November 13 – 14, 2013
I can’t even remember now what the pastor and I talked about while we waited. Less than half an hour had passed and then a nurse came to see me and told me the procedure went well – there was no arterial damage. JD was back in the ICU and someone would come to take me to see him when he was settled in.
The pastor left at my urging and I decided to try my luck at one of the other waiting rooms across the hall, hoping to find one that was empty. I really needed some quiet space to process all that was happening and hopefully stop my brain from whirling quite so much.
Initially I was lucky. I turned off the fluorescent lights in the room and sat, in the far corner by a window that looked onto a pebbled roof and the exterior portion of the hospital’s HVAC system, on the fake leather and chrome settee. By now it must have been about 3 pm.
It only took a couple of minutes before my sanctuary was invaded by an excited and loud trio of Portuguese-speaking women, one of whom who immediately fired all the lights back on and then smiled at me (in apology?) once I was noticed in the corner.
I grabbed my coat, laptop bag and purse, and went in search of quiet. None was to be found on the floor and back I went, to my original corner, and inserted my ear buds to drown out the non-stop chatter of the women. I found Leonard Cohen’s Live in London on my phone’s play list and tried to read something since any kind of thinking was now out of the question. Within the first couple of songs, I was nodding off. Exhaustion had finally caught up with me.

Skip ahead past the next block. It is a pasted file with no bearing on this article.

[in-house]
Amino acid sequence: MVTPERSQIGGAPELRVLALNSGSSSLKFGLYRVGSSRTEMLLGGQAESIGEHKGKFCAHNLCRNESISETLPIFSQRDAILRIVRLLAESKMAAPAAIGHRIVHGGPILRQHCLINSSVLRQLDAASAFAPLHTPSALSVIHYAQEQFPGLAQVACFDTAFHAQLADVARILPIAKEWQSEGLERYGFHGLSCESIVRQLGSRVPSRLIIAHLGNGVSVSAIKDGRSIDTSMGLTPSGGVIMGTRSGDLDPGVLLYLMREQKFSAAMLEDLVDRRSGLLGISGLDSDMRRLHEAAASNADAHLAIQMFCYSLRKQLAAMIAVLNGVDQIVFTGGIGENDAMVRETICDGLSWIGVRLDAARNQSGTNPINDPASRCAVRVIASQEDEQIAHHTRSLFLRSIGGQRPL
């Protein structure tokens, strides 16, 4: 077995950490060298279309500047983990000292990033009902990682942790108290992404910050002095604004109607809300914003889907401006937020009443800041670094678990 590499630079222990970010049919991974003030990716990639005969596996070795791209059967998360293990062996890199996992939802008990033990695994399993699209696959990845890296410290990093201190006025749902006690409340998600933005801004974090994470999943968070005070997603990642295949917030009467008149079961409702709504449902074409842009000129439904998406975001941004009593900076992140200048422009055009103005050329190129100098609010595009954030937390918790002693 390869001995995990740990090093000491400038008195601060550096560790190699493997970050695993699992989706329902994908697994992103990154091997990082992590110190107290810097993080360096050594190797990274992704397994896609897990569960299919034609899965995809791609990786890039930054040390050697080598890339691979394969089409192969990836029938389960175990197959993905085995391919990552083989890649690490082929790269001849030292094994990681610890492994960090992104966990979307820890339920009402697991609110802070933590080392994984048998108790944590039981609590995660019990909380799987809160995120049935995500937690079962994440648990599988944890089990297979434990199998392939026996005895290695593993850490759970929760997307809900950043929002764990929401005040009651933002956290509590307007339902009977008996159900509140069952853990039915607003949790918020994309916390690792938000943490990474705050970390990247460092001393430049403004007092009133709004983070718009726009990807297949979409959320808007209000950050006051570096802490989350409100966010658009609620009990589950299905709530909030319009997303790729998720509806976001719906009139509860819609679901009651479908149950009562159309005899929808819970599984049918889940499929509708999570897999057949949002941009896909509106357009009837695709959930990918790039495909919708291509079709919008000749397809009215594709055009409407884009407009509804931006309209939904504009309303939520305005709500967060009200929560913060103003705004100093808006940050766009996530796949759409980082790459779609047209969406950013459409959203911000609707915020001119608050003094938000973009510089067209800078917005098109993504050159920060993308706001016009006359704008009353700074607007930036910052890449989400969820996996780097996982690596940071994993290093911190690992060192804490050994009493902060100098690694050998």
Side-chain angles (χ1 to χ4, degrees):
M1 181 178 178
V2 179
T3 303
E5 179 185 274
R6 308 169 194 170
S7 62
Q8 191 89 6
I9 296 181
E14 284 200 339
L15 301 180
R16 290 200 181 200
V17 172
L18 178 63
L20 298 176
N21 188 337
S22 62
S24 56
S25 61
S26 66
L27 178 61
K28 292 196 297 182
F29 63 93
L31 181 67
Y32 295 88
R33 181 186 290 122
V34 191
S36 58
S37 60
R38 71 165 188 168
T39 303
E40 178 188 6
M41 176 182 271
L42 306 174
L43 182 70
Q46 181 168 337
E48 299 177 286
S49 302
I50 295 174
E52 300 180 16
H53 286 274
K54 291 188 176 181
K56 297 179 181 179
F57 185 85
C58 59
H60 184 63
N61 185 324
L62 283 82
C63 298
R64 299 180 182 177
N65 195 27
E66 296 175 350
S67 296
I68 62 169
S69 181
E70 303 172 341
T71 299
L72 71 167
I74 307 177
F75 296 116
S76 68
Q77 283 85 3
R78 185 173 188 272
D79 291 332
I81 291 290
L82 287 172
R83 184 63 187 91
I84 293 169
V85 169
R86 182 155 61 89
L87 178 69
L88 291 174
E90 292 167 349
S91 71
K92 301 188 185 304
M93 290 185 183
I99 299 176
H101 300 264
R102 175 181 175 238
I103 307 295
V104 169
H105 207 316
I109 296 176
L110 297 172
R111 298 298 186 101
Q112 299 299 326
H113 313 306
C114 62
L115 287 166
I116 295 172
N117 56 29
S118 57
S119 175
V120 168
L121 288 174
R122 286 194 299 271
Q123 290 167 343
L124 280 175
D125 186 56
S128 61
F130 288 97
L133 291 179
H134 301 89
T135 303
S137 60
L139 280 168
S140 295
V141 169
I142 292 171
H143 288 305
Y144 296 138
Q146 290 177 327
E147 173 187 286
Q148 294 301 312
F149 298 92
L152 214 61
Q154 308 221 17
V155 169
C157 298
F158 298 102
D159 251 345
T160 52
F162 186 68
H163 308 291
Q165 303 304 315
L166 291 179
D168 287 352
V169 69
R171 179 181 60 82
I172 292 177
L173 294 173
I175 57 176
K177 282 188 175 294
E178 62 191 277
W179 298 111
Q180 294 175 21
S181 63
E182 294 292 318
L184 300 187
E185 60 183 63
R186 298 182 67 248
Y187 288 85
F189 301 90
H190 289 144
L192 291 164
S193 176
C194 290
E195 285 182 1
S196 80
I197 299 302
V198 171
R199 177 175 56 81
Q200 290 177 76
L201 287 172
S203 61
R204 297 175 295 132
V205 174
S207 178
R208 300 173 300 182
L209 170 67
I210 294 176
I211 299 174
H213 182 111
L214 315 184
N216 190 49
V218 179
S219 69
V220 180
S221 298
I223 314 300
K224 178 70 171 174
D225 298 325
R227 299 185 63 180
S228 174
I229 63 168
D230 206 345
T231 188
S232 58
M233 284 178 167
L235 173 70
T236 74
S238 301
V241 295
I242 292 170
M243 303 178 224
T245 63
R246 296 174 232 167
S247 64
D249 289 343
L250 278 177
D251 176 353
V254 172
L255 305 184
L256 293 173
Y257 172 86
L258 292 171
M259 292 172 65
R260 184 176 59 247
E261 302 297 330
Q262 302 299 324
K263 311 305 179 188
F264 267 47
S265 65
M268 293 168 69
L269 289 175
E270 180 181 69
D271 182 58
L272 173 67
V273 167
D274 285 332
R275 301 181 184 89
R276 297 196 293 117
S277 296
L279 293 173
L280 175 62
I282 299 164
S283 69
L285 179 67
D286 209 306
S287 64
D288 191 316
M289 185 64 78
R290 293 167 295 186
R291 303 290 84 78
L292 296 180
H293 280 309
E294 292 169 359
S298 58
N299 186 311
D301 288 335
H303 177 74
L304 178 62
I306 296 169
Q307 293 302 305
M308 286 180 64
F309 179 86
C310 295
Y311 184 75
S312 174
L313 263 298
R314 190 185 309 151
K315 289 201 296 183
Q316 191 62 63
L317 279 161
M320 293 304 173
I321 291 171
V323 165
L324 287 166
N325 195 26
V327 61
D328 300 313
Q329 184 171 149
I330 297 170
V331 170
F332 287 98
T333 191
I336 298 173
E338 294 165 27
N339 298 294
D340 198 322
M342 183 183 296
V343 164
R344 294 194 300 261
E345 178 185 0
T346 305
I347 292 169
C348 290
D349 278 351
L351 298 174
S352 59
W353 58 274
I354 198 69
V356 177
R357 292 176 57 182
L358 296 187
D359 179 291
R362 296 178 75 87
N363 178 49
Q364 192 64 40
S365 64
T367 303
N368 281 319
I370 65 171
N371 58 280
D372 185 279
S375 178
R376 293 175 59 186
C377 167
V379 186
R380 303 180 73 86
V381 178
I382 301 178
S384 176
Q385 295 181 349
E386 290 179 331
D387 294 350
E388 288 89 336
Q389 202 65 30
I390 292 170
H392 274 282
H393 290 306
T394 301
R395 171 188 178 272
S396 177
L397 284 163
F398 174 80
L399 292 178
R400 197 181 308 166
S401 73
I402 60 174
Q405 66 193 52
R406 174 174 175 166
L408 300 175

A part of my brain that was still awake registered someone standing in the doorway of the waiting room. It was one of JD’s doctors – Dr. Chernish, the respirologist. I shook my head vigorously in an attempt to wake up the rest of my brain as he led me away to a private consultation room. God, this cannot be good news is what I remember thinking.
We have to talk about life support, is how he started the conversation. Things are not going well. We are out of options for JD, he continued. JD, being the fighter that you and I know he is, wants life support but ultimately the decision is yours and if it was my family member I wouldn’t do it. You will only be making it harder for yourself later, when you have to remove the life support. There is also a strong likelihood JD will not even survive the transition to life support.
These are the highlights of what this man said to me.
My brain went into hyper-practical mode almost immediately, and I told the doctor I had to alert the family. I dialled JD’s sister at her home in Mississauga. Drop everything and get in your car now, I said. Pick up your dad and come to the ICU at the hospital. Things are bad.
Then I called my mom and fell apart, bawling that I had to decide on whether or not to put JD on life support. Luckily she was in town visiting my stepdad’s son, and only 5 minutes from the hospital. She was coming as quickly as she could.
I put myself back together and turned back to face the doctor. OK, I said to Dr. Chernish. I want to uphold JD’s wishes but I understand what you are saying. Can I see him now?